A Certificate Authority (CA) is an organization trusted to release cryptographic certificates for websites and such. When you’re browsing and see
https:// instead of
http://, the site you’re visiting is using an SSL/TLS certificate from a CA. Such a certificate encrypts communications between your browser and the site you’re visiting, preventing it from being intercepted and read by third parties.
Additionally, CAs may validate that the cert requester:
- Can control the domain name (
example.com) for which they are requesting a certificate;
- Owns the domain name as the organization/legal entity on record;
- Actually is a real legal entity, AKA Extended Validation (EV), in which case you’d also see their name in the location bar.
#2 and #3 grant you additional levels of assurance that the website you’re visiting is genuine. Generally though, ordinary users don’t bother to check the cert details. At most, they’d glance at the location bar, see that it says Secure and go right on. That’s usually good enough. The only time I personally take extra caution is when dealing with an e-commerce or banking site for the first time.
SSL/TLS certs usually cost a lot, especially if #2 and #3 are involved. Certs which only undergo domain validation (#1) have dropped in price, but are still around $10/year from a budget provider. These certificates usually expire in at least a year.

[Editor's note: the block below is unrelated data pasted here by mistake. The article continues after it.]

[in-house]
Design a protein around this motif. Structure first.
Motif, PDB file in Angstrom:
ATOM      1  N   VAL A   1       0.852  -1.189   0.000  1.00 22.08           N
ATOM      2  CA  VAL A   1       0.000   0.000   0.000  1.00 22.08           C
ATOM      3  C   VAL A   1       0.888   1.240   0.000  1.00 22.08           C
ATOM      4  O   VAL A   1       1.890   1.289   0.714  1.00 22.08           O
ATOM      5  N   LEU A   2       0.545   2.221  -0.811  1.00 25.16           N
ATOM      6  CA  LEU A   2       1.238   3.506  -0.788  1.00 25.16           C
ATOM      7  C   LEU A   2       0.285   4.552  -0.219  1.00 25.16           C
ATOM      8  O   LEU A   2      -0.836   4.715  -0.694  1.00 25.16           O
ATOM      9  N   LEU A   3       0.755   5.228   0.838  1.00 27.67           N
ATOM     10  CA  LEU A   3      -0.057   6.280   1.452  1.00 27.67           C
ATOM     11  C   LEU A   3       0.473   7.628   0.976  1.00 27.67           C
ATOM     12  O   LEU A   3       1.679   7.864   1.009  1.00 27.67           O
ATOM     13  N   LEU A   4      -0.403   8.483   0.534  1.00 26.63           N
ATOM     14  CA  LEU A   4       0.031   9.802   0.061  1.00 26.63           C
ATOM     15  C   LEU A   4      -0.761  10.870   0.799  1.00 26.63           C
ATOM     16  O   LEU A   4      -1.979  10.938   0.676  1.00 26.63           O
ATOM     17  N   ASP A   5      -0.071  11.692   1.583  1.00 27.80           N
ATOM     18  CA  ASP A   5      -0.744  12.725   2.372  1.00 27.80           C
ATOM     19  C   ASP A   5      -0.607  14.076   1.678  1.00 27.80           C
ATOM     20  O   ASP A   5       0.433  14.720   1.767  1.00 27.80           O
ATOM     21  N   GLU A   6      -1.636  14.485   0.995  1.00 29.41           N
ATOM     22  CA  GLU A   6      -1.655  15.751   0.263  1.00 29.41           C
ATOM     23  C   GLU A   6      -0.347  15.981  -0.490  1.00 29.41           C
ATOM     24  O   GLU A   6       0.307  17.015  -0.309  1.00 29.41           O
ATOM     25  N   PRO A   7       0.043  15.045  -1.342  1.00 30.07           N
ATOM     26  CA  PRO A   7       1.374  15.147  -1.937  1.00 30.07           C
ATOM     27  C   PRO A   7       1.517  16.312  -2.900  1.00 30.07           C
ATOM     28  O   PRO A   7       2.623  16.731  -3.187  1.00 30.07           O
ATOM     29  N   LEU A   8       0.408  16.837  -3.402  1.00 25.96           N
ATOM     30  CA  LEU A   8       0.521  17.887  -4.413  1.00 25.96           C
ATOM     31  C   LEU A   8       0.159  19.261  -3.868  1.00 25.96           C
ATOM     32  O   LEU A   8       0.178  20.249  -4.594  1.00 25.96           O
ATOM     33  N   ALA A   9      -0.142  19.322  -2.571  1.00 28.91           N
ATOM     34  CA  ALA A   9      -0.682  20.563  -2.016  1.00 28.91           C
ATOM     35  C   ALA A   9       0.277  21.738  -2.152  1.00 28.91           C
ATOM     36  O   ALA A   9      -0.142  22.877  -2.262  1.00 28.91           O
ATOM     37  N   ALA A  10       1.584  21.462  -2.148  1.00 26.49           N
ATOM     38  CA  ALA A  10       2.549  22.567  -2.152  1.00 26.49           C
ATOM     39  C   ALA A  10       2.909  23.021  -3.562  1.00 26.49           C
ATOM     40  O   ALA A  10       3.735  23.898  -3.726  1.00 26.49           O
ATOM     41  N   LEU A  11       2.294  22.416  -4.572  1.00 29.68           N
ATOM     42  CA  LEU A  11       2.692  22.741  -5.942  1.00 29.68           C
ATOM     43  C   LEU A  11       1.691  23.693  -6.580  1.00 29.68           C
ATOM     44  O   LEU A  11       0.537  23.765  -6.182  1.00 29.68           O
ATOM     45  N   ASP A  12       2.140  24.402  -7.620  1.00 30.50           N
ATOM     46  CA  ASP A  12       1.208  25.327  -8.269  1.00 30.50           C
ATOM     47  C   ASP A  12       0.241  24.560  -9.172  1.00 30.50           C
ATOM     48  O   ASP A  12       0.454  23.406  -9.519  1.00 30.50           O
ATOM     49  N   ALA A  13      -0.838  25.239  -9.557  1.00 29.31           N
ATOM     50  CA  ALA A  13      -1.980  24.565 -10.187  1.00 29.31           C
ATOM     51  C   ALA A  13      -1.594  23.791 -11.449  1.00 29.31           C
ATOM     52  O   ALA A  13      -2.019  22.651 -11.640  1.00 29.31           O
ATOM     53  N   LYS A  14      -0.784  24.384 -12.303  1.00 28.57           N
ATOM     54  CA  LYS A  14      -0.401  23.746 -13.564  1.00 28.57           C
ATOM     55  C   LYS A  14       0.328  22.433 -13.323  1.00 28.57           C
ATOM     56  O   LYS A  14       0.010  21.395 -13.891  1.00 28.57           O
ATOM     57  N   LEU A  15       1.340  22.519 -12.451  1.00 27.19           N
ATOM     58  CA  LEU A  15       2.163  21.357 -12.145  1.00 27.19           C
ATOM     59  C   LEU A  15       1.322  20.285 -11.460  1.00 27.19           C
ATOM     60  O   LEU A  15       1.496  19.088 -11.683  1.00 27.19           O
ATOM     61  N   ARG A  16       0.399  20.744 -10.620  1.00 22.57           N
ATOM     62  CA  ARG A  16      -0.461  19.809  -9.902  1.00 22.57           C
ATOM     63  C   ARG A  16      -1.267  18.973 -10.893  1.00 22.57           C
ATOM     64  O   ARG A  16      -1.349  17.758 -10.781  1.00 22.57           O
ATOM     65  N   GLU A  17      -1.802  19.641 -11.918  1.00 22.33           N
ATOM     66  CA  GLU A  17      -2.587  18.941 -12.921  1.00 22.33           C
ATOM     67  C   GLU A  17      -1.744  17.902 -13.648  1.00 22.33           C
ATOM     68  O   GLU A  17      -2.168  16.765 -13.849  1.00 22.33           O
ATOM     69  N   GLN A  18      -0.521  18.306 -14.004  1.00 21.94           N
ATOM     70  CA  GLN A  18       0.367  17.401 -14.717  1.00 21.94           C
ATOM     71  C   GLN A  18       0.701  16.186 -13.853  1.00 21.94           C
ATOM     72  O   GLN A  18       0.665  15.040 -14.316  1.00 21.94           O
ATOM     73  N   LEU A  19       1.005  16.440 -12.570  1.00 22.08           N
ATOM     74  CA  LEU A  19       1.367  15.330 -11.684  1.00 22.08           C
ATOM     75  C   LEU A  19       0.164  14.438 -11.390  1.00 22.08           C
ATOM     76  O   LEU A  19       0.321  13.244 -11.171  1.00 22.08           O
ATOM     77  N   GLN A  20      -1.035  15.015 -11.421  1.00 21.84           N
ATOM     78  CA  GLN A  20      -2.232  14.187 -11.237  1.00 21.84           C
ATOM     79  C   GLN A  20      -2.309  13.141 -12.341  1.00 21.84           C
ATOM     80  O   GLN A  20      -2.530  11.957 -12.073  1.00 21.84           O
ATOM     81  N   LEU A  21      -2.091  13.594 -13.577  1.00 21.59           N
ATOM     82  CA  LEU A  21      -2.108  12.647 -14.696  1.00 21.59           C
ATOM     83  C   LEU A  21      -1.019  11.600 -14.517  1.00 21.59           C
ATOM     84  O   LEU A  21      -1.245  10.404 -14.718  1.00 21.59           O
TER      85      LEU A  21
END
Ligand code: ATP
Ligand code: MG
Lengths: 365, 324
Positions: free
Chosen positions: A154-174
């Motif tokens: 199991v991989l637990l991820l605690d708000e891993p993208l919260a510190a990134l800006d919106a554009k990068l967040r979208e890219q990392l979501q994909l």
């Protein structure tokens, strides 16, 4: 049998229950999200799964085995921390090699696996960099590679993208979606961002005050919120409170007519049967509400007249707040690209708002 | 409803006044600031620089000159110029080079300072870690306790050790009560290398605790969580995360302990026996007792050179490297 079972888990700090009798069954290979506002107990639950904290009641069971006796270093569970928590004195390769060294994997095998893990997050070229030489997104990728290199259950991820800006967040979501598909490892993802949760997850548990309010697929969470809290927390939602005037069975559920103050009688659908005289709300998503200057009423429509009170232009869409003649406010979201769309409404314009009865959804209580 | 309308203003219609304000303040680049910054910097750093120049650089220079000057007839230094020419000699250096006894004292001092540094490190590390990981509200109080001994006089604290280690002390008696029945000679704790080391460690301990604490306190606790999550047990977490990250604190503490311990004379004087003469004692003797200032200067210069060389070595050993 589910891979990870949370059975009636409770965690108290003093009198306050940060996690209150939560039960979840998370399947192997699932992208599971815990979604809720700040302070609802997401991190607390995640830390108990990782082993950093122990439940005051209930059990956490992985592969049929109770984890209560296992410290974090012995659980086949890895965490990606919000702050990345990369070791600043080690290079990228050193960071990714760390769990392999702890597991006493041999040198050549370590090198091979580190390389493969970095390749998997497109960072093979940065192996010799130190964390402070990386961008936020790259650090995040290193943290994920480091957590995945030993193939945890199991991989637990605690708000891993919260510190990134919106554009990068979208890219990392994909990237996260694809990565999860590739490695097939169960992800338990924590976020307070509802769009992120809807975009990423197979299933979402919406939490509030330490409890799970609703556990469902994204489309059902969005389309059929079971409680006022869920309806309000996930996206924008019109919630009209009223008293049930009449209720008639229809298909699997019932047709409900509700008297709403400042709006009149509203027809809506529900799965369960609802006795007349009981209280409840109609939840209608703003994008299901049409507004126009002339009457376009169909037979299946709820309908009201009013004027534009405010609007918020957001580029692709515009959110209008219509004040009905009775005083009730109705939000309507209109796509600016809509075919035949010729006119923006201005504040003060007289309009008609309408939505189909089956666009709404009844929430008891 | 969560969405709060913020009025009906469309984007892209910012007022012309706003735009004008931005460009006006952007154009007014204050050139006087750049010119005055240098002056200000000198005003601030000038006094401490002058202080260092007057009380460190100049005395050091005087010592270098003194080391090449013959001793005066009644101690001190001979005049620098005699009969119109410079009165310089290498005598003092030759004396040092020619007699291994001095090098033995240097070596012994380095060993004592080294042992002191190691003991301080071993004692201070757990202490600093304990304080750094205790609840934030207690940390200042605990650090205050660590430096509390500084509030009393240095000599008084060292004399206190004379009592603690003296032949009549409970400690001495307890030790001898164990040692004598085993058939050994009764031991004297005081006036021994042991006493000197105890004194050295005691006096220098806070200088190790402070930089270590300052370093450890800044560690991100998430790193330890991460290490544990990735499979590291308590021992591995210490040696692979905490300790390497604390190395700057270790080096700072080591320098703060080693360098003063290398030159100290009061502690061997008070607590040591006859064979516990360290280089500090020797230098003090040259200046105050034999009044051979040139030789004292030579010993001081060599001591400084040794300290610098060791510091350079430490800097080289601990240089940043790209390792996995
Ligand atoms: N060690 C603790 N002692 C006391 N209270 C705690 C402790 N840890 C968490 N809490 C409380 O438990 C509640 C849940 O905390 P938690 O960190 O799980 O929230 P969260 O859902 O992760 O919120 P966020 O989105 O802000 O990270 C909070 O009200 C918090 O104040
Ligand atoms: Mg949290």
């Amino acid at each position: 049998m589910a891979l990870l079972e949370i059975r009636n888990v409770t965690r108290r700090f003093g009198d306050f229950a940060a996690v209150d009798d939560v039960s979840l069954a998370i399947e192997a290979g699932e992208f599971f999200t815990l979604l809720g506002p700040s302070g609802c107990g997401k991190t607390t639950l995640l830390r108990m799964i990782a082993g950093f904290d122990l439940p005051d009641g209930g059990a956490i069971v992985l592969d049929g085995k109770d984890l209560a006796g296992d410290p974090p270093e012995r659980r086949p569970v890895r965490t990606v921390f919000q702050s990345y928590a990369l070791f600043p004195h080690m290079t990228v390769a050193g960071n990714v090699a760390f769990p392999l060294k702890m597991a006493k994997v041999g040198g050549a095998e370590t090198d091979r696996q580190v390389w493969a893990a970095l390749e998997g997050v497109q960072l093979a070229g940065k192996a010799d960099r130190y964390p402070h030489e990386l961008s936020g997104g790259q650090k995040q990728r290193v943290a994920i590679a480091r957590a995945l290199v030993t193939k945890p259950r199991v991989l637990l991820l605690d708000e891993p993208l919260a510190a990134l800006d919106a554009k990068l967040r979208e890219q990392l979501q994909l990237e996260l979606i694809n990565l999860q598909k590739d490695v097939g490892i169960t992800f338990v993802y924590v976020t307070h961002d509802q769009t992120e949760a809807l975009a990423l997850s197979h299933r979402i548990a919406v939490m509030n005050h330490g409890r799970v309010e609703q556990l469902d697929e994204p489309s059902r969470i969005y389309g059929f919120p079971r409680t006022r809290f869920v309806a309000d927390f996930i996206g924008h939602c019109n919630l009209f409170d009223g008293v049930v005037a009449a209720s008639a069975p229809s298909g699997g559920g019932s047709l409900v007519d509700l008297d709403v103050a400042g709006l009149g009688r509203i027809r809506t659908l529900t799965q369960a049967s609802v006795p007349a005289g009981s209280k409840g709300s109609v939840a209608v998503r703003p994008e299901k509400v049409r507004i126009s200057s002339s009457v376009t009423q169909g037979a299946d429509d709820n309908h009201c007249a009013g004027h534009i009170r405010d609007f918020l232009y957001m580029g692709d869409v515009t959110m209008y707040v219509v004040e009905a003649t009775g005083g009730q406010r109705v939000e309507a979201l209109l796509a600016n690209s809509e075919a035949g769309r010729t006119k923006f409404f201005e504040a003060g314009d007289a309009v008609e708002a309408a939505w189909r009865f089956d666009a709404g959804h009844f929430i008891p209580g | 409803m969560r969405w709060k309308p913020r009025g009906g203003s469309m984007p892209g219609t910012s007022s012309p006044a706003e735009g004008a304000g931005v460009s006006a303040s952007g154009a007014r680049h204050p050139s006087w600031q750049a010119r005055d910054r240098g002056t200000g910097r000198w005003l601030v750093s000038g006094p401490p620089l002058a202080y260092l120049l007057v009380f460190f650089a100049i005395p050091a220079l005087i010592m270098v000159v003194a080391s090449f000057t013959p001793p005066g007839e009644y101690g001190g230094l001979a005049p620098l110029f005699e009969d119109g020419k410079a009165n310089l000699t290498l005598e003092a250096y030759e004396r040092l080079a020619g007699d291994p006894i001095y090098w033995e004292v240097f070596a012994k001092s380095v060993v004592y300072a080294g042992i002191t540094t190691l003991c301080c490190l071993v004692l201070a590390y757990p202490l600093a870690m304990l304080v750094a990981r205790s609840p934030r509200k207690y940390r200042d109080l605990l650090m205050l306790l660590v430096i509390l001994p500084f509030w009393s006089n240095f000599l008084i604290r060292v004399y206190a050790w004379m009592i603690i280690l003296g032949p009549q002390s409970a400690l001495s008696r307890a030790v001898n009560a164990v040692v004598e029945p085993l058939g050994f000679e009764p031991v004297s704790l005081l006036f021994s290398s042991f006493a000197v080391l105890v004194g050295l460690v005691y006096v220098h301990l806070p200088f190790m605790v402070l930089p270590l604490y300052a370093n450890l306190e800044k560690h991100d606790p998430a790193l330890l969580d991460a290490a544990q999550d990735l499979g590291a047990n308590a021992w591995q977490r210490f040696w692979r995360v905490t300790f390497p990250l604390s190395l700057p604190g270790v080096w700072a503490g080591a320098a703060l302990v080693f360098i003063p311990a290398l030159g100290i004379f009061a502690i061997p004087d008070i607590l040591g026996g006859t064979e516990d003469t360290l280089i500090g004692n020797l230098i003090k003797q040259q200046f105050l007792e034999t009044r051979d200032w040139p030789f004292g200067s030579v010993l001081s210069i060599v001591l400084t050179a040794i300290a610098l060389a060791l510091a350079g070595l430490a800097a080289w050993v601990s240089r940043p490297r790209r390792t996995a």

A regular certificate is issued for only one hostname at a time, e.g.
www.example.com but not
blog.example.com. (Nowadays, they usually throw in one for
www when you get a cert for
example.com.) A wildcard certificate is one that secures any subdomain, e.g.
support.example.com etc. They cost even more. Much more.
Let’s Encrypt is a CA. It differs from the rest in that they offer:
- Free domain-validated certificates;
- Free subdomain certificates (you’ll need to specify them during registration);
- Automated installation and renewal for many server configurations.
Their certicates expire in 3 months, but as mentioned, these can be renewed automatically if you have a supported configuration.
As per #2, you can specify what subdomains you want when you request a certificate. So why is their offering free wildcard certificates a big deal? For me, it’s because companies (especially blog providers like Tumblr, and technical service providers like hook.io) finally have a viable way of offering free
https subdomains and custom domain/subdomain names to their users.
Visit aidemo.hook.io. It will give you a scary warning, but if you click through, it will still give you an encrypted connection, but this time with something like Not secure in your browser. Once hook.io sets up a wildcard certificate, this warning won’t appear.
I am also looking forward to this as I have a personal project in mind that will definitely benefit from wildcard certs. Here’s to 2018!